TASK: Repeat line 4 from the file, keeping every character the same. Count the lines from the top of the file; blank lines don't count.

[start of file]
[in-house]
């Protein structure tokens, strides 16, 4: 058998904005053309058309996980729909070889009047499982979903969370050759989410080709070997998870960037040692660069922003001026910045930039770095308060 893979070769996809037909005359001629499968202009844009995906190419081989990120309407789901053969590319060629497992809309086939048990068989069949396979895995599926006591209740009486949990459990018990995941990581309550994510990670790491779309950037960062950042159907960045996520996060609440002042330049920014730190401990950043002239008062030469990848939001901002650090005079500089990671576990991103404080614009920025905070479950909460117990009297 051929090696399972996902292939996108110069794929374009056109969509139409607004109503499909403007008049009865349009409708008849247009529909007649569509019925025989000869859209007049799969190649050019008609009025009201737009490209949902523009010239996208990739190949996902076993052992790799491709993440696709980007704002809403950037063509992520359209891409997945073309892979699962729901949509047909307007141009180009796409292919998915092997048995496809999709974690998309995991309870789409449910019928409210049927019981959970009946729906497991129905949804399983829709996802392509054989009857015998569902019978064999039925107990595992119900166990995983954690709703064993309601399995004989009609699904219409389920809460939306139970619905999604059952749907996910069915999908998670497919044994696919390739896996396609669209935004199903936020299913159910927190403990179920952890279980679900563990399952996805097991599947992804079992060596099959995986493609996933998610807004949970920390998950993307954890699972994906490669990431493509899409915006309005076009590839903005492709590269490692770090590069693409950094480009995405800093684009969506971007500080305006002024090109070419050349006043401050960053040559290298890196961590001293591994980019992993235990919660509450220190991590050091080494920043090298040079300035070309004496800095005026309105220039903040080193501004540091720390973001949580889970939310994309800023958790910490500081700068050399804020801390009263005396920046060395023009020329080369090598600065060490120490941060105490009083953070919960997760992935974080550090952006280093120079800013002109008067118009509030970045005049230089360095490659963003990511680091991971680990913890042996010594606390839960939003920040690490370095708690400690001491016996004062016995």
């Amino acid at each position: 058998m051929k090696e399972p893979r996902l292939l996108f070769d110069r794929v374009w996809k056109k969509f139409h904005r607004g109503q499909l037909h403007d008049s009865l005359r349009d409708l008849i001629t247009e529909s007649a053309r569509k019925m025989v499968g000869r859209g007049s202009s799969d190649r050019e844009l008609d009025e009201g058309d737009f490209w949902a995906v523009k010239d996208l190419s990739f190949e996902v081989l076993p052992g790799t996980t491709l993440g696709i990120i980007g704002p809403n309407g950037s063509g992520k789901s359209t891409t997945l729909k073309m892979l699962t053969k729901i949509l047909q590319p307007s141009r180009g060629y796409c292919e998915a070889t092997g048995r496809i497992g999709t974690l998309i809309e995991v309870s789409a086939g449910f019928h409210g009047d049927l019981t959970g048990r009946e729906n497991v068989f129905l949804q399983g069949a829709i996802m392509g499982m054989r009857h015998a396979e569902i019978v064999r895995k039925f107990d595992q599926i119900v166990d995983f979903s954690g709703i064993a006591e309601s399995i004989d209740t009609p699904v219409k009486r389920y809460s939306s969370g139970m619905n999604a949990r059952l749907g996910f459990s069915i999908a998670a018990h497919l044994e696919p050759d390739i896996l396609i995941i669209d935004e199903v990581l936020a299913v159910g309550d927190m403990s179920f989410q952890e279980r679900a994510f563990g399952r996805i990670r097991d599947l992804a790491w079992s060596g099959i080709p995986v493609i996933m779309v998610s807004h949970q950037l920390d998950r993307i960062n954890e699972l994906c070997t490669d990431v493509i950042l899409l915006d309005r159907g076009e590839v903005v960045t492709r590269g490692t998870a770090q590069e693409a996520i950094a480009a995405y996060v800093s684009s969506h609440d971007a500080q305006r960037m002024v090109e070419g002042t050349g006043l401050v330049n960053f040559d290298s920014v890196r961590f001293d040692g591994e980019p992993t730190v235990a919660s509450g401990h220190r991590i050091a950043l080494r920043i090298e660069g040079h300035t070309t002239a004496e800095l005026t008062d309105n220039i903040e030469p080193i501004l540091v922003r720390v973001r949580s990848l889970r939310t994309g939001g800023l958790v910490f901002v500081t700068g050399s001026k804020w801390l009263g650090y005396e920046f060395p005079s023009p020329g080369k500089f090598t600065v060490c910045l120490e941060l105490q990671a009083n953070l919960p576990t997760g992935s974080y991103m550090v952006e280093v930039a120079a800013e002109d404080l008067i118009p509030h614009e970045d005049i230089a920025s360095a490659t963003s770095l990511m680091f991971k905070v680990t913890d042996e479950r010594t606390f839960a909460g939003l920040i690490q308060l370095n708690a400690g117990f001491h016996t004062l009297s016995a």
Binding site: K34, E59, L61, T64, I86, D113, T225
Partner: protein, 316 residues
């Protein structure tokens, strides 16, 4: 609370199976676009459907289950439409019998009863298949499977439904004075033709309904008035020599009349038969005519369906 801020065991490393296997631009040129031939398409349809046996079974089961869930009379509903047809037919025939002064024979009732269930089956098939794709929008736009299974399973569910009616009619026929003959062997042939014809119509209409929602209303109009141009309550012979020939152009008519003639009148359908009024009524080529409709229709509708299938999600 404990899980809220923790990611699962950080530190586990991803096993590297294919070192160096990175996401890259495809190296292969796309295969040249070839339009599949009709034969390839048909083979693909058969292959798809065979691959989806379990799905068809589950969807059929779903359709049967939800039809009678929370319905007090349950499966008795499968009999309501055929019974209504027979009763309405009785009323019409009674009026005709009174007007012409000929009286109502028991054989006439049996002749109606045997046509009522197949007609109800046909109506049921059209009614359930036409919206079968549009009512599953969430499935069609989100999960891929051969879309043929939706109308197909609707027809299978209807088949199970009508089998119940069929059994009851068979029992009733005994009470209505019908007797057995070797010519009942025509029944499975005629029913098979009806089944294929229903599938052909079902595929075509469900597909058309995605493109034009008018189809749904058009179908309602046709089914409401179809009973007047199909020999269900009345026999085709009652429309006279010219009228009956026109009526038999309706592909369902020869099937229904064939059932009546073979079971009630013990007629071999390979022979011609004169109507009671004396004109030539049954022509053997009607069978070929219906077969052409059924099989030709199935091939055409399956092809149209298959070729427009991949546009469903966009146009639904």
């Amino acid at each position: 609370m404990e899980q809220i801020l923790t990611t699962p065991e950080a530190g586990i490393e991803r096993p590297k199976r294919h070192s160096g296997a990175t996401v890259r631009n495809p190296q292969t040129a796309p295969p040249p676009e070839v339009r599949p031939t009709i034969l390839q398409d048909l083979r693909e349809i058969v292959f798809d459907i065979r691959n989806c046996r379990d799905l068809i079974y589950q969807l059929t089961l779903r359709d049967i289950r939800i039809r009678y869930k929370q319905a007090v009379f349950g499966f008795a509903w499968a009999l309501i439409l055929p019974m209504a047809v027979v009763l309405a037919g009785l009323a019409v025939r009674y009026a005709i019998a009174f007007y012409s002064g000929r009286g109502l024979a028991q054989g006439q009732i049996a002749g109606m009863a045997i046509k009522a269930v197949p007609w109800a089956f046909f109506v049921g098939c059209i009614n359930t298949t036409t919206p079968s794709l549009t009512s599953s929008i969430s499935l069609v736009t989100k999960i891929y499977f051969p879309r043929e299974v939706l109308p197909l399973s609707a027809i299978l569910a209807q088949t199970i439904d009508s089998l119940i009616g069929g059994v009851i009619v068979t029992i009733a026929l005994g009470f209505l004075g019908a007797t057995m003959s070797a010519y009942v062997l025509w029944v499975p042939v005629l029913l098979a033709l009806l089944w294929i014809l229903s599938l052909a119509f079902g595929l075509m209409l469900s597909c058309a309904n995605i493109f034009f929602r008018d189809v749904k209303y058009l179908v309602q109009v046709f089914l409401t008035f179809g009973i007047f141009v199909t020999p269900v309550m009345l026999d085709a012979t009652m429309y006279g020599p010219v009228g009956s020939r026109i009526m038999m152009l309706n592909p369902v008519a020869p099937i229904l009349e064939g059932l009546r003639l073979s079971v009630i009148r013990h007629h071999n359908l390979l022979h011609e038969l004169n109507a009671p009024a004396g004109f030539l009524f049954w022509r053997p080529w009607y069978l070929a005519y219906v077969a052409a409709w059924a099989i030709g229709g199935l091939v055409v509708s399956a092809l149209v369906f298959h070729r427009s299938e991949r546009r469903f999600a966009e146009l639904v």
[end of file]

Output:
Binding site: K34, E59, L61, T64, I86, D113, T225